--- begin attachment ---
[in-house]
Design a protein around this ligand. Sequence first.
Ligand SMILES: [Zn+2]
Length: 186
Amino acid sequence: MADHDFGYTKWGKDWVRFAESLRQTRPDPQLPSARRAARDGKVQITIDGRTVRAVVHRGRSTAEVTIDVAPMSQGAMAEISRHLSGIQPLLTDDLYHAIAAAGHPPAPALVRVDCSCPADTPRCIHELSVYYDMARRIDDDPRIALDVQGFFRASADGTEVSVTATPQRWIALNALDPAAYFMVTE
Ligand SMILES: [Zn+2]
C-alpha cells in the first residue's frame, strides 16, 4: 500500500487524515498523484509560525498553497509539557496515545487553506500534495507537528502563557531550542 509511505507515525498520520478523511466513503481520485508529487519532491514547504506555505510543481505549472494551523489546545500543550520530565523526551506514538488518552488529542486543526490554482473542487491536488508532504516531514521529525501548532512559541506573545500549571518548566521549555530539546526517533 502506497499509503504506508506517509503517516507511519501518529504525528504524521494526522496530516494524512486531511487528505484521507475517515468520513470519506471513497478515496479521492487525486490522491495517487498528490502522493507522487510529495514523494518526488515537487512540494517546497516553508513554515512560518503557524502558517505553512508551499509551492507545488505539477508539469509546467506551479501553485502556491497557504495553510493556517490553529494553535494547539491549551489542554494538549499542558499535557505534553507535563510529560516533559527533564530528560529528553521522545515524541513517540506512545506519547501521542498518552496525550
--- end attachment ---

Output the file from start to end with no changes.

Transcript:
[in-house]
Design a protein around this ligand. Sequence first.
Ligand SMILES: [Zn+2]
Length: 186
Amino acid sequence: MADHDFGYTKWGKDWVRFAESLRQTRPDPQLPSARRAARDGKVQITIDGRTVRAVVHRGRSTAEVTIDVAPMSQGAMAEISRHLSGIQPLLTDDLYHAIAAAGHPPAPALVRVDCSCPADTPRCIHELSVYYDMARRIDDDPRIALDVQGFFRASADGTEVSVTATPQRWIALNALDPAAYFMVTE
Ligand SMILES: [Zn+2]
C-alpha cells in the first residue's frame, strides 16, 4: 500500500487524515498523484509560525498553497509539557496515545487553506500534495507537528502563557531550542 509511505507515525498520520478523511466513503481520485508529487519532491514547504506555505510543481505549472494551523489546545500543550520530565523526551506514538488518552488529542486543526490554482473542487491536488508532504516531514521529525501548532512559541506573545500549571518548566521549555530539546526517533 502506497499509503504506508506517509503517516507511519501518529504525528504524521494526522496530516494524512486531511487528505484521507475517515468520513470519506471513497478515496479521492487525486490522491495517487498528490502522493507522487510529495514523494518526488515537487512540494517546497516553508513554515512560518503557524502558517505553512508551499509551492507545488505539477508539469509546467506551479501553485502556491497557504495553510493556517490553529494553535494547539491549551489542554494538549499542558499535557505534553507535563510529560516533559527533564530528560529528553521522545515524541513517540506512545506519547501521542498518552496525550